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Companies House reforms: What is changing?

Companies House reforms will be introduced to change the way that Companies House operates and to simplify financial crime investigations.

Announced during the Queen’s Speech in 2022, Companies House reforms will be introduced to change the way that Companies House operates.

These reforms are designed to enhance transparency and to make tracking and investigating financial crimes simpler. However, it is worth noting that their administrative implications will have the most impact on small businesses. Nicola Vernon, an associate solicitor in our Corporate team, discusses the reforms in more detail.

What are the new Companies House reforms?

A Factsheet published on the Government website states that the changes being brought in by the Economic Crime and Corporate Transparency Bill will “deliver a suite of wider-ranging reforms to tackle economic crime and improve transparency over corporate entities”.

The Companies House reforms include, amongst other changes, the following:

  • the introduction of identity verification for all new and existing registered directors, People with Significant Control, and those delivering documents to the Registrar of Companies;
  • the introduction of a new register of beneficial ownership which will seek to identify who ultimately owns and controls companies in the UK;
  • the changing of the financial information that small companies are required to file with Companies House. This includes the removal of the option for small companies to prepare and file abridged accounts and introduction of the requirement to file a profit and loss account; and
  • new penalties for non-compliance with the Companies House requirements.

Implications of the reforms

Historically, the changes that have been made to the Companies House filing requirements were intended to make the system more transparent, particularly in respect of being able to identify the ultimate ownership of a company.

However, the removal of the annual return and introduction of the Confirmation Statement, has, in many cases, in fact only succeeded in making the process less transparent, as the documents that are actually available to be viewed often contain little or no information if there have been no changes during the period. This means that in order to identify the shareholders of a company, in certain cases you may need to trawl back through numerous filings until you locate one that actually contains a list of shareholders. This does not feel like a more transparent system.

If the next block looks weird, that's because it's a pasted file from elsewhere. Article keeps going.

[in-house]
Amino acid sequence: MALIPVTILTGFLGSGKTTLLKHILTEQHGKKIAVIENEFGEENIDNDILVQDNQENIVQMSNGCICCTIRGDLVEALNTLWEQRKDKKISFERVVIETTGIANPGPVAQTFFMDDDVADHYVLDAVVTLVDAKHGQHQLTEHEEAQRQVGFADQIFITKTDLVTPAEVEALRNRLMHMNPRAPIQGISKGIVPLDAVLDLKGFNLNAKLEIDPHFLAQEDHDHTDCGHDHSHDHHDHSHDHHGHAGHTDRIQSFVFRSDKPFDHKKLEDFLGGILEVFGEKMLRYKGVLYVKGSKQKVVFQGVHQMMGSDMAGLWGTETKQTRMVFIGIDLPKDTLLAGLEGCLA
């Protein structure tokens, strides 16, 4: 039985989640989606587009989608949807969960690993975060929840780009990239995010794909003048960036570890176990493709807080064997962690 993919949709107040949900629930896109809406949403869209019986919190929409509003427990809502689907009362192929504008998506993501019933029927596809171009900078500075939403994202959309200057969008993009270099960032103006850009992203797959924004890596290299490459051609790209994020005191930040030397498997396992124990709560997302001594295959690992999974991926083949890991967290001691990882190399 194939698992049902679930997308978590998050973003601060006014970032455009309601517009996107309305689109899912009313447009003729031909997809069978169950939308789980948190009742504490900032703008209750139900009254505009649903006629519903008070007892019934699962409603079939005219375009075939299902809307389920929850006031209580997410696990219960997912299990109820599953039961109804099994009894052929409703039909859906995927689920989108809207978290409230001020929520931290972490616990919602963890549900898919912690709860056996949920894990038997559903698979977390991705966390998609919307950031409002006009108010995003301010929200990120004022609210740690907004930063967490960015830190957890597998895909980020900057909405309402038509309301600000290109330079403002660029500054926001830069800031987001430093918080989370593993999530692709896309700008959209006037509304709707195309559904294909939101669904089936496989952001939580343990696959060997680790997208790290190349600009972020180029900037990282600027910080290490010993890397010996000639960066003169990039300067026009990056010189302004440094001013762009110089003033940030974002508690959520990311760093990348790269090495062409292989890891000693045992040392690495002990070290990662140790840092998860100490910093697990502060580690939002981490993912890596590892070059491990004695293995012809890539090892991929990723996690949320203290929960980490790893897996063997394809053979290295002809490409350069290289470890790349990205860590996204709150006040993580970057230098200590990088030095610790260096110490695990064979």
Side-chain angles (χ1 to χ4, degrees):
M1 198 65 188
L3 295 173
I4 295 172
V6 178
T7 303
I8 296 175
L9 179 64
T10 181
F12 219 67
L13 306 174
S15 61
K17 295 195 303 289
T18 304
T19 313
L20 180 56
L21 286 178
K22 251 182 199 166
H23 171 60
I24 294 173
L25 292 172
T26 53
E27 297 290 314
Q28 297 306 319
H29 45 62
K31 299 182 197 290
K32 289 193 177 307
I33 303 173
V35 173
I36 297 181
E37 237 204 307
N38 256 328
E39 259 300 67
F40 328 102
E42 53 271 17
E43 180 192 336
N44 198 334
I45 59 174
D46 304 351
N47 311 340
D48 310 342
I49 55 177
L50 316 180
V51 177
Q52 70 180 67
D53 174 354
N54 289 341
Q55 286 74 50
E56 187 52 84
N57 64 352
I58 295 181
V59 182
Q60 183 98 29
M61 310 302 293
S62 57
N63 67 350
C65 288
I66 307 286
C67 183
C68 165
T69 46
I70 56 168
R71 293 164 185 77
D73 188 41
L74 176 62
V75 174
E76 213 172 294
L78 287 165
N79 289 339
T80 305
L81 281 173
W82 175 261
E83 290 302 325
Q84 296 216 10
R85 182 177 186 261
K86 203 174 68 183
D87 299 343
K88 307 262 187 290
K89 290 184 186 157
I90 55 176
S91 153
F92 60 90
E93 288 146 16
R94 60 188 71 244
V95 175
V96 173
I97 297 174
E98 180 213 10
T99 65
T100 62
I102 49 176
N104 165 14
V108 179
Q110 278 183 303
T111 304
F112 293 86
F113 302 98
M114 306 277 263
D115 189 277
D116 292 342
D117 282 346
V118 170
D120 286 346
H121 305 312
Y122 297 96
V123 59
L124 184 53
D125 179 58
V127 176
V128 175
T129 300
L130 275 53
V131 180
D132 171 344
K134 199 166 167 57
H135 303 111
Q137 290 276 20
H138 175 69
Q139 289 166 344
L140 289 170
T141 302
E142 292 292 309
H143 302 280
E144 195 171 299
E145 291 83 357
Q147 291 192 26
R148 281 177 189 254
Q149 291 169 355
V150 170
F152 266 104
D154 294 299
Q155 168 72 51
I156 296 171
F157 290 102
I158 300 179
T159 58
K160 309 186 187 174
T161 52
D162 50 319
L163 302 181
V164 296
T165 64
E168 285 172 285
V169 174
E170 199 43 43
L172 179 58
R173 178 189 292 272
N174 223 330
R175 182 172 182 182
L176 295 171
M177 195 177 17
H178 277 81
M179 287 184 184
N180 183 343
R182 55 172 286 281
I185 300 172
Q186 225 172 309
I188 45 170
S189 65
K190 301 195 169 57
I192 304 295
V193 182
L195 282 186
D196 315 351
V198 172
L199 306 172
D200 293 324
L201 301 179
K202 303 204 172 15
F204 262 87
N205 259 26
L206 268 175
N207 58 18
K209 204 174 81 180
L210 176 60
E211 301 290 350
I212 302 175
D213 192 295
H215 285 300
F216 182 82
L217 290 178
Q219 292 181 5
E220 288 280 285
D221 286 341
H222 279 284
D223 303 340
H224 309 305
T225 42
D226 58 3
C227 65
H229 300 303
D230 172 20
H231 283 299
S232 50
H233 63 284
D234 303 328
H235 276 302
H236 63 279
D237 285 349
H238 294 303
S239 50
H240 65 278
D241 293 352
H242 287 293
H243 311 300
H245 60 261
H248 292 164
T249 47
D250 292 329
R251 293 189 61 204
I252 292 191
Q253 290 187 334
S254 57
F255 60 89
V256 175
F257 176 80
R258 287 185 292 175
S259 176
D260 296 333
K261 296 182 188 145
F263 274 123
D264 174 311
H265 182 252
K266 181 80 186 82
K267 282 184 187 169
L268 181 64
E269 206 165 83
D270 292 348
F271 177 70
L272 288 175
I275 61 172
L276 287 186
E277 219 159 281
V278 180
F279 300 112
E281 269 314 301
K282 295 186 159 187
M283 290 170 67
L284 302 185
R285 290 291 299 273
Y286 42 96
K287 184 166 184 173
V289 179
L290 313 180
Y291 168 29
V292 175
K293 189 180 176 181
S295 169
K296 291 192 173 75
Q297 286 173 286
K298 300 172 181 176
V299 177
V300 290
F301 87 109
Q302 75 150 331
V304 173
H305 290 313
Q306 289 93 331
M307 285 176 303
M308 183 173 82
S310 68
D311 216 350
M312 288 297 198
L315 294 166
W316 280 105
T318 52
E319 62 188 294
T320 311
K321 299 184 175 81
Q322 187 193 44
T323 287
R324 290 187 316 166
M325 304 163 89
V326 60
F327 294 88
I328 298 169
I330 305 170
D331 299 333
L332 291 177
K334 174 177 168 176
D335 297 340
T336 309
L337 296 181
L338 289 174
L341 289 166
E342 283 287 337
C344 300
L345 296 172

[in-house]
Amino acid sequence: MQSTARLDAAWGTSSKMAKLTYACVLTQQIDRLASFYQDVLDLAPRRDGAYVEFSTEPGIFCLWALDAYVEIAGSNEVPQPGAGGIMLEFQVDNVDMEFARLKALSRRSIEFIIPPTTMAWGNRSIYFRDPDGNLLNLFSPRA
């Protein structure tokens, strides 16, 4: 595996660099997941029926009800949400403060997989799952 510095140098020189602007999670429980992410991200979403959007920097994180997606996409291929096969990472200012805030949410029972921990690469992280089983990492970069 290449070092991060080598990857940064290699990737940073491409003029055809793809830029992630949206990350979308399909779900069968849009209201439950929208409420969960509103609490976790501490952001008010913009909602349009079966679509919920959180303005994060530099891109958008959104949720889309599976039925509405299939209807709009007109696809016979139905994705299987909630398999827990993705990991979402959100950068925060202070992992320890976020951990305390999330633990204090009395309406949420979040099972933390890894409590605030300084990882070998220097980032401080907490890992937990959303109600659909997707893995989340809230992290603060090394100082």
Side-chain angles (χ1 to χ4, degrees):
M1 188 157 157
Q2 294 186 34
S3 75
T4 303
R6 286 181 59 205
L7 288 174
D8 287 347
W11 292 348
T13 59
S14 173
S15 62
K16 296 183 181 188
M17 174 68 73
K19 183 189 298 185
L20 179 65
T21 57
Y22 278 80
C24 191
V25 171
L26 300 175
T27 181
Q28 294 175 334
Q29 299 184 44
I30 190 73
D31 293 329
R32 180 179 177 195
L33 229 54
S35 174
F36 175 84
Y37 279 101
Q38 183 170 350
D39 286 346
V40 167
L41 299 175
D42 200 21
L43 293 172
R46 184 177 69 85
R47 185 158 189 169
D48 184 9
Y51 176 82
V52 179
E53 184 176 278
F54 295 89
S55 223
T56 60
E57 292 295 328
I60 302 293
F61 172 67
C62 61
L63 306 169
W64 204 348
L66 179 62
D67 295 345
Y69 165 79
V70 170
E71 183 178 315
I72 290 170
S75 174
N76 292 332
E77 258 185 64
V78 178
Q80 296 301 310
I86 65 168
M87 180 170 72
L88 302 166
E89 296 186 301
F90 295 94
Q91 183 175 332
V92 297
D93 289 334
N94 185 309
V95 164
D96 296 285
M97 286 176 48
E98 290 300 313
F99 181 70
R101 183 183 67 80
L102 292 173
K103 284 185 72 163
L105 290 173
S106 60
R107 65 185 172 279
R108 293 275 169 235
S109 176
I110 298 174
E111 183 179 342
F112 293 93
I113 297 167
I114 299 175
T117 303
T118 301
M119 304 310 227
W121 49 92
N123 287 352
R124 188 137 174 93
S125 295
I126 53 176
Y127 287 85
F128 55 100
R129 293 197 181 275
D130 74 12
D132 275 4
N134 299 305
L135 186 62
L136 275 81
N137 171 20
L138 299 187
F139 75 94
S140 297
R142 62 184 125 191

Regulatory requirements

The changes certainly appear to have the potential to improve transparency by increasing the information publicly available. However, it will also increase the regulatory burden on small companies and increase the costs associated with regulatory compliance.

It is therefore important that all UK businesses familiarise themselves with the proposed Companies House reforms and make adequate preparations to ensure that they can comply to avoid the new, more stringent penalties coming into force.

To help ease you into this new era, we have compiled some useful frequently asked questions on how the new Companies House reforms are likely to impact your business.


1) Who is affected by the Companies House reforms?

It is small companies that will be affected by the reforms. Small companies are defined as those that meet at least two of the following criteria:

  • Turnover of £10.2 million or less
  • 50 or fewer employees
  • Gross assets of £5.1 million or less

The criteria means that most companies will be considered to be small companies.

2) What will be the impact of the reforms for those affected?

This will partially depend on the size and structure of the company. However, some potential impacts include:

  • Increased compliance costs, particularly for businesses with several directors and PSCs.
  • Reduced flexibility in how companies can file their accounts.
  • Greater transparency but less privacy, as more information about limited companies’ financial information will be easily available to the public.
  • Larger risk of investigation by Companies House.

There will also be a requirement for all limited companies to file their profit and loss account at Companies House. Micro-entities will also need to file their profit and loss account but will remain exempt from needing to file a Director’s Report.

3) When will the reforms come into effect?

There is currently no timescale for when the Companies House reforms may be introduced. However, the first stage of legislation – the Economic Crime and Corporate Transparency Bill 2022 – is already going through the legislative process.

To find out more about how these changes may impact your business and how we can assist with the transition process, please contact Nicola Vernon.

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